1. I thought the progression of the game was pretty interesting. Beginning the game you aren’t exactly sure what you will be getting into. You start searching for oil reserves and deploying wells; no harm in that right? Early on oil demand rises, consumers are happy, and the prospects are looking great. Then comes a presidential election and, what better yet, you discover you can throw money towards the campaigns and gain influence in the White House. However, as the years go by, you begin to find trouble with environmental problems and the growing “Green” movement of the people. As a player I began to really take a look at everything that was happening. I had major influence in the White House, I was funding covert missions, and I had oil wells in every possible location on the map. I had turned into a tycoon and was taking whatever measures I could to exert my power and continue increasing my wealth.

    I don’t know the true logistics of the oil industry nor do I even find myself immersed in this political concern, yet having now played this game I feel the need to look more into the matter and become better informed. While I can’t say I am convinced of all the processes and mechanics involved, I can say that there are many things that we have no clue about happening behind the scenes. Good game, thanks for the post.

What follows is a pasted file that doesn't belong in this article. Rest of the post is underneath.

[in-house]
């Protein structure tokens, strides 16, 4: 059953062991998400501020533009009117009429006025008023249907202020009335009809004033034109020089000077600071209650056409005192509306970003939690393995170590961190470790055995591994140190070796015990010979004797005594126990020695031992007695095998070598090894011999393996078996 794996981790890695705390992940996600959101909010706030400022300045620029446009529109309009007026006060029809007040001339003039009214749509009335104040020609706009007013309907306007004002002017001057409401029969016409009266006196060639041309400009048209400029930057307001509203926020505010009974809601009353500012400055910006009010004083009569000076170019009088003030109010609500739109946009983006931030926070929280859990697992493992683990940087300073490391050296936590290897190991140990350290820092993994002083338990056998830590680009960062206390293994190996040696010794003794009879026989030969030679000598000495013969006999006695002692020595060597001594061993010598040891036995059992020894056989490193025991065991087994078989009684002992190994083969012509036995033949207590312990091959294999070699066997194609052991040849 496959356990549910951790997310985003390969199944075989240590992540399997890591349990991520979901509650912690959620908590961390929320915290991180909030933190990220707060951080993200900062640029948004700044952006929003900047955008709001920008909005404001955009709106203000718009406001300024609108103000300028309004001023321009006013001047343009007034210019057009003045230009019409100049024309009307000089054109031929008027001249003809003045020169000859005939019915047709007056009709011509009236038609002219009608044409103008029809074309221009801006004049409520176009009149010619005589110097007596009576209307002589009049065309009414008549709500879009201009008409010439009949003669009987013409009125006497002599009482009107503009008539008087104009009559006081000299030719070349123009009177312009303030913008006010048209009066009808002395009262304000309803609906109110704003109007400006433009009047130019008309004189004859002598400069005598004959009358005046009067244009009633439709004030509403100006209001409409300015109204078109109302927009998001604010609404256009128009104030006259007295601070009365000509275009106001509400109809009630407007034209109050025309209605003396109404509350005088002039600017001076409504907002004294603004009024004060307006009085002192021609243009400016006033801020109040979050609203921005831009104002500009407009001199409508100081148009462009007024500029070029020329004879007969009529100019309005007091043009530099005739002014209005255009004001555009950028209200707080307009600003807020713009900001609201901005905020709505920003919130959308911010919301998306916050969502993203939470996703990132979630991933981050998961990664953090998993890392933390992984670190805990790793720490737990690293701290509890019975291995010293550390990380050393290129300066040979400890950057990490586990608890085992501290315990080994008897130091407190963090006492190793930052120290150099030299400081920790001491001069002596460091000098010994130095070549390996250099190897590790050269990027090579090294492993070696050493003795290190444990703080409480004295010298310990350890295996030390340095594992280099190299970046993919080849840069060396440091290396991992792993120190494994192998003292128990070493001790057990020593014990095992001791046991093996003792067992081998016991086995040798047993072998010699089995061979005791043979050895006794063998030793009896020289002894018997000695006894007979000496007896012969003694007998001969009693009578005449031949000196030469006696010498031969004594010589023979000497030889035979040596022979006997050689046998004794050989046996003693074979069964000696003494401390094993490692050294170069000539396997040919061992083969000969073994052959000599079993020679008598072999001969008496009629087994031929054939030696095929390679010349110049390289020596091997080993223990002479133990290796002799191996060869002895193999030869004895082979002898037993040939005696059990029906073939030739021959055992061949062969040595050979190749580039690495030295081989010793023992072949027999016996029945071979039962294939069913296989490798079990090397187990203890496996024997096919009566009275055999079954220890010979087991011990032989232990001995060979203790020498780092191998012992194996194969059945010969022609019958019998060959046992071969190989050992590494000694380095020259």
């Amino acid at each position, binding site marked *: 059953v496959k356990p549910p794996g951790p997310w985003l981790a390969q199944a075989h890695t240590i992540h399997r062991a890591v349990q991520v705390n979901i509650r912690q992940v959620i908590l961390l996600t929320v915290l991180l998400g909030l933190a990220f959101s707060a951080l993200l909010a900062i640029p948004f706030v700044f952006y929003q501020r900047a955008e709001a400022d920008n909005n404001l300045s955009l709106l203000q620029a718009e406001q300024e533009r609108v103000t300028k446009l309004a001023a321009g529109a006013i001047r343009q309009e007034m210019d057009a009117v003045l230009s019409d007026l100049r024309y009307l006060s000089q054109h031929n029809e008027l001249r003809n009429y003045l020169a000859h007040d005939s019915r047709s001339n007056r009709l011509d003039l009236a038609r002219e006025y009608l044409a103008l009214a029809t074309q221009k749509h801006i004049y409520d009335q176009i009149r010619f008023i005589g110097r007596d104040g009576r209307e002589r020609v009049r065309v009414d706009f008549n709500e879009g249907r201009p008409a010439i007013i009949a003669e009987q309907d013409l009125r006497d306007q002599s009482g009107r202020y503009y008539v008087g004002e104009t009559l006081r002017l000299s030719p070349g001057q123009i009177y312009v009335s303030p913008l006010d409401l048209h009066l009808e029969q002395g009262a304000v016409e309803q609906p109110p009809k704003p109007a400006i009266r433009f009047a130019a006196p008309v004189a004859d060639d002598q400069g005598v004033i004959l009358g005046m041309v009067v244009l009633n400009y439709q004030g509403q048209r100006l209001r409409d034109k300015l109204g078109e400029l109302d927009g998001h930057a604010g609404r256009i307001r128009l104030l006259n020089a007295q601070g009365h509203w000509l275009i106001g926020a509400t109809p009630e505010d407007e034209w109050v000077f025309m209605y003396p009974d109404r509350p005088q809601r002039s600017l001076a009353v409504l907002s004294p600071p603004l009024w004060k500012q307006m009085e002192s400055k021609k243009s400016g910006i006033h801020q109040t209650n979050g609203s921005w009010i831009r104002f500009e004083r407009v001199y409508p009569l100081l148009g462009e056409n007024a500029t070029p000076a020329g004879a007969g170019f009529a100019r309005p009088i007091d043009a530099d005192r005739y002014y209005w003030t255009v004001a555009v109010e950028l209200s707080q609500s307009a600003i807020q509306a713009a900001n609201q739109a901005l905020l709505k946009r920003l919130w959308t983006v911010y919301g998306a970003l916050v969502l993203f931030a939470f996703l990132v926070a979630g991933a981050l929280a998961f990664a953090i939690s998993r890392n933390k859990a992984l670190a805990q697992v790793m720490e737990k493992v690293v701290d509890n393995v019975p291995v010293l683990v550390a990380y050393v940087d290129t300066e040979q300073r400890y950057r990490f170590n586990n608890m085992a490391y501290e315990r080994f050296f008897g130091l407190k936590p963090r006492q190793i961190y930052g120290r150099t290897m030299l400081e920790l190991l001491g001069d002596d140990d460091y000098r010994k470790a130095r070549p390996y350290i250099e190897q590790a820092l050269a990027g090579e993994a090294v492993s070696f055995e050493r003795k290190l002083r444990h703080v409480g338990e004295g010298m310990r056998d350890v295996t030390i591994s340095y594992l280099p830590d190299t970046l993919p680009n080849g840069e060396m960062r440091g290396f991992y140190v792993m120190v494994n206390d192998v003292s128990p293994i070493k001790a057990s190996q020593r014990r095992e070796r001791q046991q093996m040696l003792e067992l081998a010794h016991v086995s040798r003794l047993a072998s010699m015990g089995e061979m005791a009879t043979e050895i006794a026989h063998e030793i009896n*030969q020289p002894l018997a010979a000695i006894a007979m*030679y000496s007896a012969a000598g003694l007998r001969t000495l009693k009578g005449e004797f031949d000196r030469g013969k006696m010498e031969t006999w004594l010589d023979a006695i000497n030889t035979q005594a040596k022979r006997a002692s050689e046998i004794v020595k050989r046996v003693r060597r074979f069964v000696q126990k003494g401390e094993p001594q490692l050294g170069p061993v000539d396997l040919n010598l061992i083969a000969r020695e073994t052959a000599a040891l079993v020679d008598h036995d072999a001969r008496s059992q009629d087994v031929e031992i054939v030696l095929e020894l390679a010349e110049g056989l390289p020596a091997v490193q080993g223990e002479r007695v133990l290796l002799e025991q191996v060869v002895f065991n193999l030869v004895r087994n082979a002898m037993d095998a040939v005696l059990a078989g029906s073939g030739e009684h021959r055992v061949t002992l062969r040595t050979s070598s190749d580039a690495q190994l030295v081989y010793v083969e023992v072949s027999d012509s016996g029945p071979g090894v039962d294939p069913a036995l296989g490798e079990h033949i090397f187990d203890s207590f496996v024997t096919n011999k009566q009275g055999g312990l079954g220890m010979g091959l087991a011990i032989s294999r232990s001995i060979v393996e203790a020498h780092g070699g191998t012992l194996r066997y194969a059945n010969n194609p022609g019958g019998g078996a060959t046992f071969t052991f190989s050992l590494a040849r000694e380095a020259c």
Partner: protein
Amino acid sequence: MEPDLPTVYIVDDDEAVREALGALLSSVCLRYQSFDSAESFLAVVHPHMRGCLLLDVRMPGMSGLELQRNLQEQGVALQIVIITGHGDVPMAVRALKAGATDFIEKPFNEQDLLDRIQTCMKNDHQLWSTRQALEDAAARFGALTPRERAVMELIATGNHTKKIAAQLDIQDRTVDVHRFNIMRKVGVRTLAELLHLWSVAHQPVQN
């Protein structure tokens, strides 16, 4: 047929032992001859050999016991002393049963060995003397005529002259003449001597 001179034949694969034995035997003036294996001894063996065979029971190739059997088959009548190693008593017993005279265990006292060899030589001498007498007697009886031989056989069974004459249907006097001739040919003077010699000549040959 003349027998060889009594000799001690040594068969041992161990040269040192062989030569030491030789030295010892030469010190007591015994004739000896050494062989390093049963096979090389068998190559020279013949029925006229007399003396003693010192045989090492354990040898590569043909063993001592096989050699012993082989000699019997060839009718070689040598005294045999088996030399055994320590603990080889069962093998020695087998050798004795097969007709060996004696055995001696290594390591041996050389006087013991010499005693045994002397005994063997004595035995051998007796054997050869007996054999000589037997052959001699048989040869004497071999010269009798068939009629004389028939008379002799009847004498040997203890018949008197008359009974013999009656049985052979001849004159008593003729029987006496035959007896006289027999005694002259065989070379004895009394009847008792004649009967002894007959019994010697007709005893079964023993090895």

2. jmtroop said:

    The first thing that caught me off guard about this game was how well it portrays the corruption in the United States government in regards to money making industries. It really gives you a simplified look at how the oil industry influences politics, in the form of lobbyists and other influences. It is a much more complex flash game that I am used to seeing, and it is interesting to see what the game forces you to do to perform better in the game.

    Oiligarchy puts you in the shoes of a big oil executive, and shows you how “winning” is all that matters and you see yourself corrupting the U.S. government without thinking twice about it. It is easy for us as citizens to see what the oil industry is doing and protest it. But when put in the shoes of somebody who only cares about profit margins and making your superiors happy, you don’t even think twice about displacing native peoples or demolishing forests in the pursuit of winning the game. I found this game to be very fun and interesting as it relies very heavily on social commentary to send a message about the U.S. oil industry.


  3. I find Oiligarchy both interesting and clever. I especially your post Kyle, with statements including “Sentences like, “turn that black sticky stuff into gold by any means necessary” set the tone for the game, suggesting that oil is simply “black sticky stuff” and that in order to abstract it, one may potentially cross some moral boundaries.” I’ve had several conversations with people recently about the recent fluctuations of oil prices, mostly questioning why it is so difficult to use our own oil. Not to sound like a conspiracy theorist, but the U.S. government and oil industry are highly corrupted entities. Oiligarchy is an interesting and fun way to put the subject in conversation safely.